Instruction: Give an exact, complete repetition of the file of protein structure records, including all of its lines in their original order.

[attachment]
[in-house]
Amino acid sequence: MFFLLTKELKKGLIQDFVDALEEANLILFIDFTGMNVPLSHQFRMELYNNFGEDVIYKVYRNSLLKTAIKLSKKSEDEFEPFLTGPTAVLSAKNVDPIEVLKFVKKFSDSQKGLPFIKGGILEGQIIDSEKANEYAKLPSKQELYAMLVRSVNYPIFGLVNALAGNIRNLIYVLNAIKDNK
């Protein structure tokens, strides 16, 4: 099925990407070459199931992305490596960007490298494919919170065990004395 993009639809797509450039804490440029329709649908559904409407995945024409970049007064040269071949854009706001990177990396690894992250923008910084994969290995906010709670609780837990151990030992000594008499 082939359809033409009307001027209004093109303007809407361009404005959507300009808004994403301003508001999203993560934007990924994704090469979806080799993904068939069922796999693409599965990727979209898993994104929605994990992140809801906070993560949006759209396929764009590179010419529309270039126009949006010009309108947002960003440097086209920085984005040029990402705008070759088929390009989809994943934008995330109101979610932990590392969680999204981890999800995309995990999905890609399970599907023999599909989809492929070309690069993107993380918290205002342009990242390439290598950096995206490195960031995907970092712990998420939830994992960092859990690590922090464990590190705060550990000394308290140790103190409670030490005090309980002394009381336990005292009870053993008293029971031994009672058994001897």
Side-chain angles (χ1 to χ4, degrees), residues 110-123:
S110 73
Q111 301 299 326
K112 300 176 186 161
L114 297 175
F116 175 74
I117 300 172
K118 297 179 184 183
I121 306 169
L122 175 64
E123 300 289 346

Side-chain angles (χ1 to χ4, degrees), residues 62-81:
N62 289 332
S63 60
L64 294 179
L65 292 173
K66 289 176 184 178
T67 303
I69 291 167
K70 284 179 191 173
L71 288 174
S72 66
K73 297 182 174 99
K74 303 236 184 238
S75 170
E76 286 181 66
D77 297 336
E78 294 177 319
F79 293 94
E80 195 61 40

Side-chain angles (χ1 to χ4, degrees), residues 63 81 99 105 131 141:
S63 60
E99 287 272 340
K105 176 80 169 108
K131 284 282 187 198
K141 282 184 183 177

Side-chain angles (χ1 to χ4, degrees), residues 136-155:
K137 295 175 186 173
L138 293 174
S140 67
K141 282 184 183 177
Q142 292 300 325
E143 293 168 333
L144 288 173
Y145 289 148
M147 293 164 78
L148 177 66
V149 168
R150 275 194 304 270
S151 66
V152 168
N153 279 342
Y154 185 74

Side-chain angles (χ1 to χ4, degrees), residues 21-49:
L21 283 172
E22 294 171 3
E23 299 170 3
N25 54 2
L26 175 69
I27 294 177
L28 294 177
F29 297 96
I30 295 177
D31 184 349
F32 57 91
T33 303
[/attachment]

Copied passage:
[in-house]
Amino acid sequence: MFFLLTKELKKGLIQDFVDALEEANLILFIDFTGMNVPLSHQFRMELYNNFGEDVIYKVYRNSLLKTAIKLSKKSEDEFEPFLTGPTAVLSAKNVDPIEVLKFVKKFSDSQKGLPFIKGGILEGQIIDSEKANEYAKLPSKQELYAMLVRSVNYPIFGLVNALAGNIRNLIYVLNAIKDNK
């Protein structure tokens, strides 16, 4: 099925990407070459199931992305490596960007490298494919919170065990004395 993009639809797509450039804490440029329709649908559904409407995945024409970049007064040269071949854009706001990177990396690894992250923008910084994969290995906010709670609780837990151990030992000594008499 082939359809033409009307001027209004093109303007809407361009404005959507300009808004994403301003508001999203993560934007990924994704090469979806080799993904068939069922796999693409599965990727979209898993994104929605994990992140809801906070993560949006759209396929764009590179010419529309270039126009949006010009309108947002960003440097086209920085984005040029990402705008070759088929390009989809994943934008995330109101979610932990590392969680999204981890999800995309995990999905890609399970599907023999599909989809492929070309690069993107993380918290205002342009990242390439290598950096995206490195960031995907970092712990998420939830994992960092859990690590922090464990590190705060550990000394308290140790103190409670030490005090309980002394009381336990005292009870053993008293029971031994009672058994001897």
Side-chain angles (χ1 to χ4, degrees), residues 110-123:
S110 73
Q111 301 299 326
K112 300 176 186 161
L114 297 175
F116 175 74
I117 300 172
K118 297 179 184 183
I121 306 169
L122 175 64
E123 300 289 346

Side-chain angles (χ1 to χ4, degrees), residues 62-81:
N62 289 332
S63 60
L64 294 179
L65 292 173
K66 289 176 184 178
T67 303
I69 291 167
K70 284 179 191 173
L71 288 174
S72 66
K73 297 182 174 99
K74 303 236 184 238
S75 170
E76 286 181 66
D77 297 336
E78 294 177 319
F79 293 94
E80 195 61 40

Side-chain angles (χ1 to χ4, degrees), residues 63 81 99 105 131 141:
S63 60
E99 287 272 340
K105 176 80 169 108
K131 284 282 187 198
K141 282 184 183 177

Side-chain angles (χ1 to χ4, degrees), residues 136-155:
K137 295 175 186 173
L138 293 174
S140 67
K141 282 184 183 177
Q142 292 300 325
E143 293 168 333
L144 288 173
Y145 289 148
M147 293 164 78
L148 177 66
V149 168
R150 275 194 304 270
S151 66
V152 168
N153 279 342
Y154 185 74

Side-chain angles (χ1 to χ4, degrees), residues 21-49:
L21 283 172
E22 294 171 3
E23 299 170 3
N25 54 2
L26 175 69
I27 294 177
L28 294 177
F29 297 96
I30 295 177
D31 184 349
F32 57 91
T33 303